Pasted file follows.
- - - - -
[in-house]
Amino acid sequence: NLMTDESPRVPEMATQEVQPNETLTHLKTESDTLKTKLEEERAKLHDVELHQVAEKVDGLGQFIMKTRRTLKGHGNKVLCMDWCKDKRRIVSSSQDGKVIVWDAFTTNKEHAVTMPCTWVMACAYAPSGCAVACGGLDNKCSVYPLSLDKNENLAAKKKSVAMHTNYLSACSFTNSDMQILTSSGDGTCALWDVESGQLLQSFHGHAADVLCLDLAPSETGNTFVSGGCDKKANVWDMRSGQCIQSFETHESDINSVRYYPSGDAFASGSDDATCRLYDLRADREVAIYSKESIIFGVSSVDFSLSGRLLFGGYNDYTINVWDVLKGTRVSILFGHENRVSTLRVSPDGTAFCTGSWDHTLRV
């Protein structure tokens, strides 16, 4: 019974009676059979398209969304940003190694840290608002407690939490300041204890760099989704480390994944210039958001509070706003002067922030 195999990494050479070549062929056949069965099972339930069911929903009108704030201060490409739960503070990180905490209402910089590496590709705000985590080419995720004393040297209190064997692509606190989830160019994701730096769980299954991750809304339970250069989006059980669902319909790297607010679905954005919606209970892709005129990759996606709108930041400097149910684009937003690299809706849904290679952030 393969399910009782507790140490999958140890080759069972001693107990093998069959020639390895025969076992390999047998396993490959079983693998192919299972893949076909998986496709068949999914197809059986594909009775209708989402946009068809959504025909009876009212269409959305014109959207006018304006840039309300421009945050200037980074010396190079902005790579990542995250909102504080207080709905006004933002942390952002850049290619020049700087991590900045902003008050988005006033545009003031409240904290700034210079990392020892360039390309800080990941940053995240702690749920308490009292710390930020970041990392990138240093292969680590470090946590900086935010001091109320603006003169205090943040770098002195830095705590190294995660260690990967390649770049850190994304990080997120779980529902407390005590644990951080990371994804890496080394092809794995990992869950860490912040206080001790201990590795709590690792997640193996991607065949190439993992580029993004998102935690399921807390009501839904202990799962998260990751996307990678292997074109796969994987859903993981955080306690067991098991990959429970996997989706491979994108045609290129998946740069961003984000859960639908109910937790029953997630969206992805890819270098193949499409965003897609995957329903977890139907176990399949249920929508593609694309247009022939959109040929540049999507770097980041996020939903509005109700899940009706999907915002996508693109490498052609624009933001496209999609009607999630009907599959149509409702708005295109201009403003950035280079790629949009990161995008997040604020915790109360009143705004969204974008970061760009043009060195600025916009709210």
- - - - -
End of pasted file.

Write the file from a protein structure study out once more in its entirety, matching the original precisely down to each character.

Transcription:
[in-house]
Amino acid sequence: NLMTDESPRVPEMATQEVQPNETLTHLKTESDTLKTKLEEERAKLHDVELHQVAEKVDGLGQFIMKTRRTLKGHGNKVLCMDWCKDKRRIVSSSQDGKVIVWDAFTTNKEHAVTMPCTWVMACAYAPSGCAVACGGLDNKCSVYPLSLDKNENLAAKKKSVAMHTNYLSACSFTNSDMQILTSSGDGTCALWDVESGQLLQSFHGHAADVLCLDLAPSETGNTFVSGGCDKKANVWDMRSGQCIQSFETHESDINSVRYYPSGDAFASGSDDATCRLYDLRADREVAIYSKESIIFGVSSVDFSLSGRLLFGGYNDYTINVWDVLKGTRVSILFGHENRVSTLRVSPDGTAFCTGSWDHTLRV
């Protein structure tokens, strides 16, 4: 019974009676059979398209969304940003190694840290608002407690939490300041204890760099989704480390994944210039958001509070706003002067922030 195999990494050479070549062929056949069965099972339930069911929903009108704030201060490409739960503070990180905490209402910089590496590709705000985590080419995720004393040297209190064997692509606190989830160019994701730096769980299954991750809304339970250069989006059980669902319909790297607010679905954005919606209970892709005129990759996606709108930041400097149910684009937003690299809706849904290679952030 393969399910009782507790140490999958140890080759069972001693107990093998069959020639390895025969076992390999047998396993490959079983693998192919299972893949076909998986496709068949999914197809059986594909009775209708989402946009068809959504025909009876009212269409959305014109959207006018304006840039309300421009945050200037980074010396190079902005790579990542995250909102504080207080709905006004933002942390952002850049290619020049700087991590900045902003008050988005006033545009003031409240904290700034210079990392020892360039390309800080990941940053995240702690749920308490009292710390930020970041990392990138240093292969680590470090946590900086935010001091109320603006003169205090943040770098002195830095705590190294995660260690990967390649770049850190994304990080997120779980529902407390005590644990951080990371994804890496080394092809794995990992869950860490912040206080001790201990590795709590690792997640193996991607065949190439993992580029993004998102935690399921807390009501839904202990799962998260990751996307990678292997074109796969994987859903993981955080306690067991098991990959429970996997989706491979994108045609290129998946740069961003984000859960639908109910937790029953997630969206992805890819270098193949499409965003897609995957329903977890139907176990399949249920929508593609694309247009022939959109040929540049999507770097980041996020939903509005109700899940009706999907915002996508693109490498052609624009933001496209999609009607999630009907599959149509409702708005295109201009403003950035280079790629949009990161995008997040604020915790109360009143705004969204974008970061760009043009060195600025916009709210």